As for GW2, well, their “little” u-turn and about-face during Heart of Thorns introducing aspirational raid content lost them the better part of their initial playerbase, and attracted a newer, more competitive, and hostile sort of player in lieu. Hopefully they pay more. Else it was a really really bad strategic decision, no?

Path of Exile on the other hand is built around the idea of competition, of races, of getting to level 100 and feats of getting somewhere “first” broadcast to all and sundry. It has a hardcore permadeath league mechanic for the challenge seekers. So yes, logically aspiration works for a primarily competitive, challenge-seeking, numbers-crunching playerbase that can deal with that PoE skill tree. Somehow, I don’t think playing PoE to “relax” is a majority motivation here.

The solo self-found playstyle was more of an underground subset of players who chose to remove themselves from this competitive economy and create their own fun – it’s only recently they gave a nod towards it by delineating a separate group to declare oneself that way. The stated rationale is for bragging rights, and they are very careful to assure players that you can jump back into the economy any time you want; separately I suppose it is also a way for them to keep tabs on just how large or small this hermit-like player subset is. (SSF all the way, huzzah. Fuck yo’ aspirational content.)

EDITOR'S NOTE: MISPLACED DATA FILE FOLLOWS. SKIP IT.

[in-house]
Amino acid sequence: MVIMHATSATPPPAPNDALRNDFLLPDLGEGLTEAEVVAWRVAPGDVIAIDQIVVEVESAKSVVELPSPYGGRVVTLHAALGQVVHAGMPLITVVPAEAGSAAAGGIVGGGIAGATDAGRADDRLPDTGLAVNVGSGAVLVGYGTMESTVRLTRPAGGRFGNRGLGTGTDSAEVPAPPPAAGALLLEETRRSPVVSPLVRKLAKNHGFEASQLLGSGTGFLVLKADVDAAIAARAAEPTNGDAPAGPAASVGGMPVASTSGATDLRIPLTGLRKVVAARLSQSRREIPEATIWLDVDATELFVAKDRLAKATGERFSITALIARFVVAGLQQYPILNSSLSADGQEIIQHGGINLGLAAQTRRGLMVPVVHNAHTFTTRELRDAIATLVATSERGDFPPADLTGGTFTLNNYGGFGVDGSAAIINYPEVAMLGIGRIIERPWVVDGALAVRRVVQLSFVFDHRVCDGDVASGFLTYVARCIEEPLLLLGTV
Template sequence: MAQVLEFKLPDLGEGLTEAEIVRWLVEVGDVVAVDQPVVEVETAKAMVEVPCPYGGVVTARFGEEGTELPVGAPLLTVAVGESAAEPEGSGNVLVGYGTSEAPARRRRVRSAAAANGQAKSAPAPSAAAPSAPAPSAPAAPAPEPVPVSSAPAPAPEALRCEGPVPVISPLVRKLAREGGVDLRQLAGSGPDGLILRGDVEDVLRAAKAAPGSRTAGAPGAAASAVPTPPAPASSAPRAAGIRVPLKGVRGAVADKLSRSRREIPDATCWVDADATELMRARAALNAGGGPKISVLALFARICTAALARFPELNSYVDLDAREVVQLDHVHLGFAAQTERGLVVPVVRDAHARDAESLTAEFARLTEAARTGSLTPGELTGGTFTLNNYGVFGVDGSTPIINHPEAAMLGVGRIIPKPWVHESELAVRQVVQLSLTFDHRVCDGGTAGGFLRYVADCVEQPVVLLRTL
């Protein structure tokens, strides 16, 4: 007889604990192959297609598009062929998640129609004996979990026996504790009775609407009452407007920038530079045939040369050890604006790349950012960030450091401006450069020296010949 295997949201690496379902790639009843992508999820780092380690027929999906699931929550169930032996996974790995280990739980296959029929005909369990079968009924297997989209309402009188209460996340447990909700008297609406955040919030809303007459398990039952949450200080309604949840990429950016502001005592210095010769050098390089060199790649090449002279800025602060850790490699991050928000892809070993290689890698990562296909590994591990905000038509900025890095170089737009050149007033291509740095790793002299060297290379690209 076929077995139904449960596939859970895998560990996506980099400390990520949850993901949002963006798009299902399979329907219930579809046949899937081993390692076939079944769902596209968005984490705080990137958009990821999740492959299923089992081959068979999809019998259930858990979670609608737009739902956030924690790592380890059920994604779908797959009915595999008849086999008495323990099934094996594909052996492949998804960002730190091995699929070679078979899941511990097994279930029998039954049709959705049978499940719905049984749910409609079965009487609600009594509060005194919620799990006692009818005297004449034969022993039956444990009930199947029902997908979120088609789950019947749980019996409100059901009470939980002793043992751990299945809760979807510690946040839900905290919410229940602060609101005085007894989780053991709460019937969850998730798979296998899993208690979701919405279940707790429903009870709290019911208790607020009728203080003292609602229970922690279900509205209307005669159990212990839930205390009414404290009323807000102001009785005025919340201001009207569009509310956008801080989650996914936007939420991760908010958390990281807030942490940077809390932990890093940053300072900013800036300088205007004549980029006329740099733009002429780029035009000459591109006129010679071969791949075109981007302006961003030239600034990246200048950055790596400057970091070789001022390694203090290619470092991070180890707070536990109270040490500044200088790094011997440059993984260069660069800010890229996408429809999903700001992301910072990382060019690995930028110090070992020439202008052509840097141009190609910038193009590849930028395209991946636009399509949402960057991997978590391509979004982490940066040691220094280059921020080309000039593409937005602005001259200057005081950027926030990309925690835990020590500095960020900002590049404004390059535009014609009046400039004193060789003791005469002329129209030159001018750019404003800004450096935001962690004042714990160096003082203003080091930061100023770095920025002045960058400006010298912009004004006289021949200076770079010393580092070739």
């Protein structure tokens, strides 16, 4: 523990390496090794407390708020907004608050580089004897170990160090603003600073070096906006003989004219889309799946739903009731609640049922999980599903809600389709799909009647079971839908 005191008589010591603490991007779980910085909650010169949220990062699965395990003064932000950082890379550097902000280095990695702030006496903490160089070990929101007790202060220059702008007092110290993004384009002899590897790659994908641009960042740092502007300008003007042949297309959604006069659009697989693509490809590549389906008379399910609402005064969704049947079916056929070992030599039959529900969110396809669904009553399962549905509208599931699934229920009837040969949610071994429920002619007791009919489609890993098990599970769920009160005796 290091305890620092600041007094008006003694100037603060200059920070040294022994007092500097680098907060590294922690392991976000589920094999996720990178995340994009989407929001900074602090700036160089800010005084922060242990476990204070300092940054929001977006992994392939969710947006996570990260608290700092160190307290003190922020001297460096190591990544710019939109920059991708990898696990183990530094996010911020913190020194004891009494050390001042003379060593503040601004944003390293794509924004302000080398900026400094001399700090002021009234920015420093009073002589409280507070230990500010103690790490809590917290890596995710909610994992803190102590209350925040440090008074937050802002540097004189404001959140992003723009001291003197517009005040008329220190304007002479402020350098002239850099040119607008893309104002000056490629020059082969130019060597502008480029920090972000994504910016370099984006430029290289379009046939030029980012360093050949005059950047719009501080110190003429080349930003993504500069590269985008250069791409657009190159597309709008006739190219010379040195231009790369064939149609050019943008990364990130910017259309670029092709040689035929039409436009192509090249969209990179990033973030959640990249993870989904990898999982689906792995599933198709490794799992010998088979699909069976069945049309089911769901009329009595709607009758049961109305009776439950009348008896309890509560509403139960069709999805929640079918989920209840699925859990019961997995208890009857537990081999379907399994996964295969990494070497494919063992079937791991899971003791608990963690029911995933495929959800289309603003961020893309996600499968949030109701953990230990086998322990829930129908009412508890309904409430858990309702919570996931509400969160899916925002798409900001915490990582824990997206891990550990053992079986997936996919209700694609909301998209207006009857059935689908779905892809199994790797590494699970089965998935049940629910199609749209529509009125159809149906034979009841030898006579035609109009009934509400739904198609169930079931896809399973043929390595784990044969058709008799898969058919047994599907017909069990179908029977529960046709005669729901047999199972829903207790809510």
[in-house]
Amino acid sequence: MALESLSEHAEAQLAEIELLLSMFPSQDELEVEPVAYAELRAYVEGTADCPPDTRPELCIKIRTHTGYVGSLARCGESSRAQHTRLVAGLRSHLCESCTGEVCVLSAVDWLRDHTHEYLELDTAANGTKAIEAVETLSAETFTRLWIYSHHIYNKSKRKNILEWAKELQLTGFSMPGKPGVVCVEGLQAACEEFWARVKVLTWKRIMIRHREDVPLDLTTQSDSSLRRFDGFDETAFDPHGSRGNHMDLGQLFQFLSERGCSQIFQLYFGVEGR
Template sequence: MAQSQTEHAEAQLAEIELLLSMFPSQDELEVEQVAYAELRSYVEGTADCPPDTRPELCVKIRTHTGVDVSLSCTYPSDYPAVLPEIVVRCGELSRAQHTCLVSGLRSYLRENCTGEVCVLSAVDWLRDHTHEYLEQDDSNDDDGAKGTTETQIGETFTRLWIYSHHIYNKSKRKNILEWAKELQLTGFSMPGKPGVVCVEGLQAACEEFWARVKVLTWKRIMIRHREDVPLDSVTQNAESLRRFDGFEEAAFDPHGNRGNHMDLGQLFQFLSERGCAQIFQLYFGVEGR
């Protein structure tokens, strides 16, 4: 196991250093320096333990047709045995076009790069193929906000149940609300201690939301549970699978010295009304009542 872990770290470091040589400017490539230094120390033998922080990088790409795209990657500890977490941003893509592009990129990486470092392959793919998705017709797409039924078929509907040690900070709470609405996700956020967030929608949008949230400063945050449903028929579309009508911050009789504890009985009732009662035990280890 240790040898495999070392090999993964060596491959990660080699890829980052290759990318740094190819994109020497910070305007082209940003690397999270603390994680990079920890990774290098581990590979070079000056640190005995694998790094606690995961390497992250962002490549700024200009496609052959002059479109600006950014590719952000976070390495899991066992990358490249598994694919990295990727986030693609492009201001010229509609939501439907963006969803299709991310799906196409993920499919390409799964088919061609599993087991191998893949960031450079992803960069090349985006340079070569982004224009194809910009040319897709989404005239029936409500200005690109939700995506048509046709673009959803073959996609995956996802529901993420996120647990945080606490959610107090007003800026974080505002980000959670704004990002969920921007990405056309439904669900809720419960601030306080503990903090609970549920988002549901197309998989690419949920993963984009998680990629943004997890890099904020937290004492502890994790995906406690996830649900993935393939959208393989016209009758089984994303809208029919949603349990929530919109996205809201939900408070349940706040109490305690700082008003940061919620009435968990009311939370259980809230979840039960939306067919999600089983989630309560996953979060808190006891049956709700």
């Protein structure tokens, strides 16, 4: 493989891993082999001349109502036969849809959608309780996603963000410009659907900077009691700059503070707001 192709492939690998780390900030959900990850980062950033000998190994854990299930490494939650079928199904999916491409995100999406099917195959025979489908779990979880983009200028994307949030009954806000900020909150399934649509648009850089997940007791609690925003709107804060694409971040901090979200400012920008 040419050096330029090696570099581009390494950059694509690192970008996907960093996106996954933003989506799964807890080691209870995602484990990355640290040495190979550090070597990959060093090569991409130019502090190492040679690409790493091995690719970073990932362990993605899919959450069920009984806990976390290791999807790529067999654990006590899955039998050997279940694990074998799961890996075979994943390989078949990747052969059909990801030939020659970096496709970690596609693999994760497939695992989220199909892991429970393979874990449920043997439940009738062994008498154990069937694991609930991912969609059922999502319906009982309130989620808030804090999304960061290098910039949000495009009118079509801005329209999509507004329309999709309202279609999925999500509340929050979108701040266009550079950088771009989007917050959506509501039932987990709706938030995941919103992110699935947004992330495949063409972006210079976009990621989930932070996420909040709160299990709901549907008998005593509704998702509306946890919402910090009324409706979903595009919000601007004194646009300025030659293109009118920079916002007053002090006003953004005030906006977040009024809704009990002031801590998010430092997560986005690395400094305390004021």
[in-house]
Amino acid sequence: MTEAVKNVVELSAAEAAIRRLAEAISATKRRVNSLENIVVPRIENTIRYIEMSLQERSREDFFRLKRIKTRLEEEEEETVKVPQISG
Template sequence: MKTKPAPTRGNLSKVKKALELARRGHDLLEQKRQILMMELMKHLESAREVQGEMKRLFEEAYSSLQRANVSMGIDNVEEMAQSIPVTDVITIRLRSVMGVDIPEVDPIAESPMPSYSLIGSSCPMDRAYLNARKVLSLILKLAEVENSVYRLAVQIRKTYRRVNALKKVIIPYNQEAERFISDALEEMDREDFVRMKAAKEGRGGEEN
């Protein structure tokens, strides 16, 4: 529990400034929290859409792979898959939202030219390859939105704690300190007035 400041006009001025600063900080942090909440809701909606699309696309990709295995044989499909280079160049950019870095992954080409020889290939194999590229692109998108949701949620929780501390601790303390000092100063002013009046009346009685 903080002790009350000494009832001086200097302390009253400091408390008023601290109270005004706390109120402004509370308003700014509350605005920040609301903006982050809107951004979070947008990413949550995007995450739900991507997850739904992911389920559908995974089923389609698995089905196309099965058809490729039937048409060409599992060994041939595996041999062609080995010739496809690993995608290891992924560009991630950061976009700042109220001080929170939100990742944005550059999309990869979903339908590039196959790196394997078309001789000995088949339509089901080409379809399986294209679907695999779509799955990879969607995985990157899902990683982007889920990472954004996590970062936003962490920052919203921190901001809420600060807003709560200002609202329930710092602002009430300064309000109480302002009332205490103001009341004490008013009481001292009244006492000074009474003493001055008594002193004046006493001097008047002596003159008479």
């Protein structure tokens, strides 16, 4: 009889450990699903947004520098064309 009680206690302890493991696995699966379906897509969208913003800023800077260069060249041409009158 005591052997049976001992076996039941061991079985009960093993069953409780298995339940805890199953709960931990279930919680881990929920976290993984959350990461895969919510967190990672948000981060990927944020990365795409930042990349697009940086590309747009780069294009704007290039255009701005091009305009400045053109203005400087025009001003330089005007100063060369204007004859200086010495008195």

In theory, I really like the idea of Point 2. I was first introduced to the broad principles of resetting in MUDs that had something called ‘remort.’ You reach max level (ie. near immortality), then you ‘remort’ (become mortal once again) to level 1 and get to level up again, but with some bonuses for choosing to reset yourself that way.

For some games, this works and comes as part of the game. Kingdom of Loathing is a browser based game that uses the remort mechanic. A Tale in the Desert has an extended long reset with new Tellings. There’s that One Hour, One Life game I never tried, but the reset concept is right there in its title. You can choose to reset almost every single piece of gear in Warframe with forma and level it up again so you can cram in more and better mods to make it even stronger.